Meaning:"woman of honor"
Description:Honora and Honoria are two ways of softening the severity of Honor, while retaining its righteous meaning. They were predominant until the Reformation, when the Puritans adopted the abstract virtue names, and were introduced to Britain by the Normans.
Description:Harper got its start as a celebrity baby name when Paul Simon chose it for his now-grown son. Since then, other famous parents have followed suit: musician Tim Finn and actor Cecilia Peck both have sons called Harper.
Meaning:"hawk, a bird"
Description:Animal names are on the rise, especially more of the aggressive Hawk-Fox-Wolf variety than cute little Bunnys or Robins, and Hawk is a prime example.
Hawk is more commonly heard as a surname, represented by uber-skateboarder Tony Hawk, a pioneer of modern vertical skateboarding. Variations include Hawke, as in actor Ethan, Hawks, as in Golden Age movie director Howard, Hawking, as in scientist Stephen, and Hawkins, as in musicians Coleman, Screamin' Jay and Sophie B, and was recently given to his baby boy by quarterback Tony Romo. There have been characters named or nicknamed Hawk in The Revenant, The Path and Robert B. Parker's Spenser novels. Hawk ranks at Number 699 on Nameberry.
Description:Names ending in bert have long been in limbo, but with the return of Albert, maybe there's hope for Herbert. who could share the Bertie nickname. Herbert is a name that's been used by English speakers since medieval times, and was in the Top 25 in the US in the late 1920s, around the time of the presidency of Herbert Hoover, but there's been no sight of Herbert in the 21st century. Some Herberts, including novelists H. G. Wells and H. E. Bates, have preferred to go by their initials.
Origin:Medieval variation of Esther, Persian
Description:The disgraced heroine of The Scarlet Letter's name, after long neglect, just might have a chance at revival, following in the wake of sister-name Esther. We've characterized her elsewhere as an eccentric aristocrat, much more accepted in the U.K. than she has been here.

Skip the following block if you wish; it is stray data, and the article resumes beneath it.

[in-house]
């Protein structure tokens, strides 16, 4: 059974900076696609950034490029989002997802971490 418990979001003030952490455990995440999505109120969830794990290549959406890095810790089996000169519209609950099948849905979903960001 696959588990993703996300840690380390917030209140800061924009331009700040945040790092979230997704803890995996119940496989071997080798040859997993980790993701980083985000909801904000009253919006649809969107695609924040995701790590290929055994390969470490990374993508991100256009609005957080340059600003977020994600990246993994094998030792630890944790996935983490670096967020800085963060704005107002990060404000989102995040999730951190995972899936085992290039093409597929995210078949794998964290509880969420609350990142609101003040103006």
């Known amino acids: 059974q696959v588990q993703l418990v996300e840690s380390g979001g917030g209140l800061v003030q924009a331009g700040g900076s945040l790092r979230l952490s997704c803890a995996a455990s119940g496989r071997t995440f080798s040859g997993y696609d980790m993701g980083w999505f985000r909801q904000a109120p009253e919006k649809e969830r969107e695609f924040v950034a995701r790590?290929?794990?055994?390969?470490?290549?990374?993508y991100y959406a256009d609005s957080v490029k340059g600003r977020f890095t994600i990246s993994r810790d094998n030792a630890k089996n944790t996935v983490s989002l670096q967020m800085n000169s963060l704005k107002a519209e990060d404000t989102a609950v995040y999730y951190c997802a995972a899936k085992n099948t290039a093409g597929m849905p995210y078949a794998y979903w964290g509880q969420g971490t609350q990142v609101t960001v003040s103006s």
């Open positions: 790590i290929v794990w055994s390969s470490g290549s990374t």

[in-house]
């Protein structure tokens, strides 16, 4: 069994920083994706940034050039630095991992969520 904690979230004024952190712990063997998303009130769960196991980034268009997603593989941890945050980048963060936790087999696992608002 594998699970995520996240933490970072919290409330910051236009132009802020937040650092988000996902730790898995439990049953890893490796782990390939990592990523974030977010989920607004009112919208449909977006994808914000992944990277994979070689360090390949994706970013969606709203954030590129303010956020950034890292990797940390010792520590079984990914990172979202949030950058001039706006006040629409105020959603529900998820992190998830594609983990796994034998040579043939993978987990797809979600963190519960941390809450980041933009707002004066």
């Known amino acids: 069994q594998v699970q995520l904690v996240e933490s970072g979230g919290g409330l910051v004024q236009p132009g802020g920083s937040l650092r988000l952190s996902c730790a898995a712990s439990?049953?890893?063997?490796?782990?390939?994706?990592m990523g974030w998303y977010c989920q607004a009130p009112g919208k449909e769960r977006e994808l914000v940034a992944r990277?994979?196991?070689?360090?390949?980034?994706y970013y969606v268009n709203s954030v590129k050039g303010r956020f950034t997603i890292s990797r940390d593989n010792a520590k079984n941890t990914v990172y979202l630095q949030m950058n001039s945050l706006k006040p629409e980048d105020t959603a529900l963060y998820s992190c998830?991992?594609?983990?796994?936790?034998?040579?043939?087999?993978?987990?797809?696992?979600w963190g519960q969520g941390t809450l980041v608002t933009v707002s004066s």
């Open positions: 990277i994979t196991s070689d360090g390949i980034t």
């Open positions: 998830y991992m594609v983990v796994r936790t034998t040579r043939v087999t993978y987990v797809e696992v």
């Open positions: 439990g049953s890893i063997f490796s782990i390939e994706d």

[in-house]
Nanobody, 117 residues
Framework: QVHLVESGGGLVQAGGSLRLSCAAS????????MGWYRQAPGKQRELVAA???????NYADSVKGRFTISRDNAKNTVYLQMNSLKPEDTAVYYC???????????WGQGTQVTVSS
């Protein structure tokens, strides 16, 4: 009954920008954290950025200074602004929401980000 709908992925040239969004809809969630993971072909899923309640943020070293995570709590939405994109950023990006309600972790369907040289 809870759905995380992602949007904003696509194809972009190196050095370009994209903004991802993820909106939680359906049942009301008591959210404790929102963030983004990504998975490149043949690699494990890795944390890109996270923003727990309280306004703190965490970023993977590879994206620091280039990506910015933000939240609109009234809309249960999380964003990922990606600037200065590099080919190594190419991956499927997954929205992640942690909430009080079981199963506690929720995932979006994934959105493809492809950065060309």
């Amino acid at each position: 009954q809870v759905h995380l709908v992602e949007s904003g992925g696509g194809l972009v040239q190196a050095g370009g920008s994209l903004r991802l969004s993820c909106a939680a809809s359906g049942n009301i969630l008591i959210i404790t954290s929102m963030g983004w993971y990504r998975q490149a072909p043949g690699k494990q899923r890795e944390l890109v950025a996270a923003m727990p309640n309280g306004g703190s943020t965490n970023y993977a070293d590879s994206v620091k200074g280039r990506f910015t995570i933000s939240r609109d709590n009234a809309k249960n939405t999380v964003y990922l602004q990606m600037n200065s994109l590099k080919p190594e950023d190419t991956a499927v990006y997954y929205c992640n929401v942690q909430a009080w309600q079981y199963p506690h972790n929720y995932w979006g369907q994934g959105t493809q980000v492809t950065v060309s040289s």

Meaning:"dweller at the holly trees"
Description:Hollis is a surname-name used quietly for both genders. In 2015, it was given to 176 boys and 106 girls in the US. It has notable connections for both genders: Hollis Thompson is a professional (male) basketball player, while Hollis is an outsized favorite for girls in South Carolina, where Pete Hollis was a community folk hero. On the girls' side, it makes Holly more buttoned-up and distinctive
Meaning:"rock hill or army hill"
Description:A glamorous surname name most famously borne by 1930s icon Jean Harlow (born Harlean Carpenter), Harlow is also the name of a town in the English county of Essex. Outside of the UK, Harlow would fit right in with contemporaries Arlo and Marlow(e).
Origin:German or English
Meaning:"high guardian or brave heart"
Description:Howard, once hugely popular -- in the Top 50 from the 1870s to early 1950s, hitting Number 24 in 1920 -- has been stuck in Dad-Grandad limbo for decades, but is showing some signs of stirring back to life. Along with such formerly-fusty names as George and Harold, Howard may soon feel baby-appropriate, perhaps with the short form Ward.
Description:This choice feels more familiar than other hall-related English surnames, thanks to designer Halston, the single-named disco-era society playmate of Liza and Elton.
Meaning:"lives where hawthorn hedges grow"
Description:The great American novelist sets this above many other surnames (and nature names, for that matter), but it's still an imposing and adventurous choice. Do nicknames Hawk or Thorne make it more approachable? The timid should stick with Nathaniel.
Description:Honor is a somewhat more pressured virtue name than Hope or Grace, placing a high standard on any girl carrying it, but it's a goal worth setting. By choosing Honor for her daughter, Jessica Alba brought it very much into the modern world.
Origin:Greek mythology name
Meaning:"the messenger god"
Description:These days, more people will relate to Hermes -- pronounced ayr-MEZ -- as an upscale brand name like Chanel and Porsche than as a Greek god. Actress Kelly Rutherford took on the challenge when she bestowed the name on her son. Hermes is the god of travel, writing, athletics, and thievery, among many other things.
Description:The name of a British town on the Thames that hosts a famous regatta, so it could be an appropriate middle name for the son of boat-lovers.
Meaning:"brother of the exalted one"